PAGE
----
Photo of blogger Candice Cadena

They Thought I Was Someone Else, and I Am

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Candice Cadena

March 6, 2017

Before you try to figure it out from my headshot, I’ll start off by introducing my racial and ethnic background. I am half Black and I am half Mexican. As a kid and as a teenager, I referred to myself as “Blaxican.” My maternal side of the family is from Mexico but I am a fifth generation United States citizen. My hair, thanks to my father’s side of the family, has curls that will get me confused with the nearest racially ambiguous curly-haired person within a 1000-foot radius. Let me count the ways this has happened:

  1. In middle school, I was running down the hallway before first period began, trying to avoid being late. As I was running, a teacher said to me, “Jasmine, stop running.” I turn around, and the teacher realizes I am not Jasmine. Jasmine was my friend a grade below me, also identifying in the Blaxican category. The teacher didn’t really apologize, just said, “I thought you were Jasmine! Carry on!”

  2. Jasmine and I were in band together. We both played flute. Uh-oh. Jasmine stopped going to band rehearsal in the mornings, missing most of the semester. She got an A and I got a B. Guess what happened? Our band instructor confused us. While my middle school grades didn’t have an impact on my college experience, I am still quite bitter that Jasmine received my good grade.

  3. I get to college. A small, private, liberal arts college tucked away in south Orange County, California. There are 400 students total. Very easy to get to know everybody. That is, of course, unless you are racially ambiguous with curly hair! And there were four of us. I still turn around when I hear the name “Desiree.”

  4. After living in southern California for 22 years, I decide to try something new and I am hired in my first, full-time professional student affairs position working at an arts boarding school in northern Michigan. This place is just as small as my undergraduate institution, and I am one of three people of color on staff, but the only woman of color. You’d think I’d stand out as someone getting paid to help nurture young high school artists, yet students still managed to confuse me with a 16 year-old who was, you guessed it, racially ambiguous with curly hair.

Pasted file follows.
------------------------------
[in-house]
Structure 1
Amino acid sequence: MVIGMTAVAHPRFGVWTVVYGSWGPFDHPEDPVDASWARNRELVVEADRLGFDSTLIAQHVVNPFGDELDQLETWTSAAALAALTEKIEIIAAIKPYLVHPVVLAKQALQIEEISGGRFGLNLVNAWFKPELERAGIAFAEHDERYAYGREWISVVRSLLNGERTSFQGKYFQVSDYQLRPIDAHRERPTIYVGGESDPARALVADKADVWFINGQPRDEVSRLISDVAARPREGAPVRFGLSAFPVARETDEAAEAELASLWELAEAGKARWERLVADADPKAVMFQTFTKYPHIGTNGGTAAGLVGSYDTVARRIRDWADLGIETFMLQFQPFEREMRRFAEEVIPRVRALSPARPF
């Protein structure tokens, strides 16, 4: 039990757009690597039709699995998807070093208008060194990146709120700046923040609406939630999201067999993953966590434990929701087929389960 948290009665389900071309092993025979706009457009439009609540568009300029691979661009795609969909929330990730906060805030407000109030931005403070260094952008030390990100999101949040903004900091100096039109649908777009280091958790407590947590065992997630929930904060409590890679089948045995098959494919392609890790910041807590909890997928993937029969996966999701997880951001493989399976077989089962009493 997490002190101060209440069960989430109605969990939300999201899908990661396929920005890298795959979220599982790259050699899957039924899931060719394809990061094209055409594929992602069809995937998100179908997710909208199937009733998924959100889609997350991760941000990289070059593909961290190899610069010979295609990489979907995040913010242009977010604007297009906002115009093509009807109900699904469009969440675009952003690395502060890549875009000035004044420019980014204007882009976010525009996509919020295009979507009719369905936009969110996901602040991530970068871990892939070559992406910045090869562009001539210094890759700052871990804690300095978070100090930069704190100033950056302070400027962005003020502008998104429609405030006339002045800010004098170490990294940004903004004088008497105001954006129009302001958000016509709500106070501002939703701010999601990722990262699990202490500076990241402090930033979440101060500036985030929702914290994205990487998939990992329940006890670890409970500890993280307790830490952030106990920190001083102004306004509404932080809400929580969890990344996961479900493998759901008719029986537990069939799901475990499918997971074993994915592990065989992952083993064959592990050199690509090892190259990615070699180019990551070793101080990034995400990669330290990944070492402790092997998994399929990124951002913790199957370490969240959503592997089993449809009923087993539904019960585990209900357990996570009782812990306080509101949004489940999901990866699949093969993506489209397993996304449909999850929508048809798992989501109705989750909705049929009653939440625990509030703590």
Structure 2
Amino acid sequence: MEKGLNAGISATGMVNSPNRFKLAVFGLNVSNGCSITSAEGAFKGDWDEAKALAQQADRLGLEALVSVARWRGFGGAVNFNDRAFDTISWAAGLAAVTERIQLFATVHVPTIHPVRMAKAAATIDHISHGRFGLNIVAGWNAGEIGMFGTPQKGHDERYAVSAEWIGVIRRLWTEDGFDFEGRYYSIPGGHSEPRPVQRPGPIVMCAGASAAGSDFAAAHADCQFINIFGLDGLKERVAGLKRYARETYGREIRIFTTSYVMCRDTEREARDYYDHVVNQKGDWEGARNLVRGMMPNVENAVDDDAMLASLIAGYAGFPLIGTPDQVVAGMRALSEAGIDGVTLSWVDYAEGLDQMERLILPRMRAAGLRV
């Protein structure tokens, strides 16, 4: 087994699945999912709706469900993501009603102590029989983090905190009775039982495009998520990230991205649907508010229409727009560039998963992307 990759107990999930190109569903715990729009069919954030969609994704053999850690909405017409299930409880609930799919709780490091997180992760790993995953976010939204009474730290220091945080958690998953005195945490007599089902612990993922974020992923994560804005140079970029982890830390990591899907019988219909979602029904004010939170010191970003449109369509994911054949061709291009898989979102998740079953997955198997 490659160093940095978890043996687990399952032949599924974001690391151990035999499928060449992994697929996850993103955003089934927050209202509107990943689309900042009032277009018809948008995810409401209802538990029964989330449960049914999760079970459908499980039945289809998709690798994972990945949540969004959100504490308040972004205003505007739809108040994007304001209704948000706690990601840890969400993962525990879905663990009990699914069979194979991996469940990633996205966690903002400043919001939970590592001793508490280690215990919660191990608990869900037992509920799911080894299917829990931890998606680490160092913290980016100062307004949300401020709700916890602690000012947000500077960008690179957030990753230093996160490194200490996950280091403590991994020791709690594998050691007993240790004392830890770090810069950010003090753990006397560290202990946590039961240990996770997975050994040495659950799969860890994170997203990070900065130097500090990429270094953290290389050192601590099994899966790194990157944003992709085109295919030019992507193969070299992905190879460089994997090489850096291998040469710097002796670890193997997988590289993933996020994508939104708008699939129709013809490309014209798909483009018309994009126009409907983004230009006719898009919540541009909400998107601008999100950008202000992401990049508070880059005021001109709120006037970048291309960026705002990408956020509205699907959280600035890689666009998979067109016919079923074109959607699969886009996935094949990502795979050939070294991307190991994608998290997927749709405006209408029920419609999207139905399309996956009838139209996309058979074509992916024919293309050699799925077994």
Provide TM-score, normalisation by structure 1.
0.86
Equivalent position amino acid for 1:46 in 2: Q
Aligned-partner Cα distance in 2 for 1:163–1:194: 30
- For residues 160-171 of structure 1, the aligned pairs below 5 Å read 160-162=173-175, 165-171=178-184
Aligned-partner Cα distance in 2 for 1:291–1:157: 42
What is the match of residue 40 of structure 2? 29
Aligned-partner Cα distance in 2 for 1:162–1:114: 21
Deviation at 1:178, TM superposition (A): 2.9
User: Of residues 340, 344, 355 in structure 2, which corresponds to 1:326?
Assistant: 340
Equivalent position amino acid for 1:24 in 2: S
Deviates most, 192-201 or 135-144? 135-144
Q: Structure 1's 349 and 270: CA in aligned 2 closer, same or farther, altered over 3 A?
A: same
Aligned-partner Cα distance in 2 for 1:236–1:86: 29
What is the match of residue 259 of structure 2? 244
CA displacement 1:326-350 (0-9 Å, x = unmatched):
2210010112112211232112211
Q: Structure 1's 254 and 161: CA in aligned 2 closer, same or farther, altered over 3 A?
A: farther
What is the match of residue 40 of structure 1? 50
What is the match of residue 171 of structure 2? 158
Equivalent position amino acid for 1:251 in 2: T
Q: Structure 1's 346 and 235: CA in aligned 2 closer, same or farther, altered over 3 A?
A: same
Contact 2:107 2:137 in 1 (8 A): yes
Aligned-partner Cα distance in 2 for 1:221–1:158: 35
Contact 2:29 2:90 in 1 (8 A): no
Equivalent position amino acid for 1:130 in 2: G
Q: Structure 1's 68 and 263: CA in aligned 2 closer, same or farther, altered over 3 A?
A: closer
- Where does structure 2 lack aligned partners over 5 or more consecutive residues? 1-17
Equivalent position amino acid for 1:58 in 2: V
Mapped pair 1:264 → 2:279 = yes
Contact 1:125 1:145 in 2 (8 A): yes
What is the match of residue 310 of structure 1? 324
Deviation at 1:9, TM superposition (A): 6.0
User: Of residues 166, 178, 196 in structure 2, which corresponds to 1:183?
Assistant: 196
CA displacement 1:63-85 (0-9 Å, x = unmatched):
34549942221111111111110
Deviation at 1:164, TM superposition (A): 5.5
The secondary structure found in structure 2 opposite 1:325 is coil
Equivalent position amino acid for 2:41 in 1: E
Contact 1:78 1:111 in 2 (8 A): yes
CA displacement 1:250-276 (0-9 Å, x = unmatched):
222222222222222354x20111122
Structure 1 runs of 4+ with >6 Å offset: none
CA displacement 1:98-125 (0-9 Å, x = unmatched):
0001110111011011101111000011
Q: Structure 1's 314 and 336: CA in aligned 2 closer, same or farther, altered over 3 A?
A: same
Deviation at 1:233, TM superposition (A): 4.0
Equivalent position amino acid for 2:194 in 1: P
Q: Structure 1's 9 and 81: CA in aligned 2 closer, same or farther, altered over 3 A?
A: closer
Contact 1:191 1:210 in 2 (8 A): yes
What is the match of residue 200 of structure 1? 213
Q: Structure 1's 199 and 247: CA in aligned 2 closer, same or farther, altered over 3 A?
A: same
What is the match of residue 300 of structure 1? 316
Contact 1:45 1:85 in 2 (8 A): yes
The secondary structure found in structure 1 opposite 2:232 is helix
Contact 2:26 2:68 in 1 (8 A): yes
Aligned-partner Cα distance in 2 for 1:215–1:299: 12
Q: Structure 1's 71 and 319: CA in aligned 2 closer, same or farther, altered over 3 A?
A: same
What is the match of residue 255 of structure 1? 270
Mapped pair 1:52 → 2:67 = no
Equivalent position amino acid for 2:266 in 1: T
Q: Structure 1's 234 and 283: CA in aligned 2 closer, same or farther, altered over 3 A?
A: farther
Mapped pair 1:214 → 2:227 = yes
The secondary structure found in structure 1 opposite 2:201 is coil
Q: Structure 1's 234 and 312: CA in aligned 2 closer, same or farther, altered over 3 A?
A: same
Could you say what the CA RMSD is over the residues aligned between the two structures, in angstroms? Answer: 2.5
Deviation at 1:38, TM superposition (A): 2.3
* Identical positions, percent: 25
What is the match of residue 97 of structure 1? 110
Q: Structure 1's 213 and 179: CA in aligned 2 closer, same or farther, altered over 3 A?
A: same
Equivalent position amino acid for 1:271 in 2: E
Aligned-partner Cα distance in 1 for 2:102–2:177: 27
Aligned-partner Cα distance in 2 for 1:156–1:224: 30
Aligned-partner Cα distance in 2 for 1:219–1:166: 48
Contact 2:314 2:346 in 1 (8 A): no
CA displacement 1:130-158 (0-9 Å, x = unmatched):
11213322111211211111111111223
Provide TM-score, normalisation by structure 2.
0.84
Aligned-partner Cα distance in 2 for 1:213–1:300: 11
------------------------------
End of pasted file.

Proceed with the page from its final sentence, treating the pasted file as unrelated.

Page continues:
5. I won’t even go into extensive detail about this next experience, but my second year at the boarding school, a new creative writing teacher was hired. Yes, racially ambiguous with curly hair. The second I met her I said, “You know we’re going to be called one another’s name.” She knew.

  6. I’m now at my current institution, and things are going great. I was granted the opportunity to attend the NASPA Region IV-W/E joint conference in St. Louis, Missouri. I look up the keynote speakers. I see Liz Acevedo, who was fantastic, by the way. I know what’s coming. It didn’t take long. After Liz’s keynote, I walked through the Union Station conference center to the hotel lobby. On my way there, another conference attendee says, “Thank you for the presentation.” I stop walking and turn around, looking confused for a second before it dawns on me. It dawns on him too when he sees my name badge and my ribbon that says “First Time Attendee.” I know he sees it. He reads it aloud. “So sorry.” He says. I don’t say it’s okay. It isn’t. I want people to feel bad about their inability to see me as a different person from the next racially ambiguous person with curly hair.

Don’t get me wrong: the examples of these cases of mistaken identity are not the lowlight of my experience as a multiracial person. They aren’t even the lowlight of my experience as a human being, and there is a lot going on during this political time that drives me way more than being called by another person’s name. However, please realize the message sent when you do not take the time to recognize an individual for who they are.Take time to acknowledge their distinguishing characteristics and remember how different they are from the person whose name you almost called them by and avoid blending us together into the same person unless we are all together and working towards the same cause. Know me for me, and not the other person you only sort of know, and don’t expect me to apologize for your mistake anymore.

Candice is a living center director at Grand Valley State University (GVSU) and is also currently completing her final year of graduate school in the College Student Affairs Leadership program at GVSU. Her interests include camping, hiking, dogs, procrastinating, cooking, baking, and standing up and shouting out for what she believes in.

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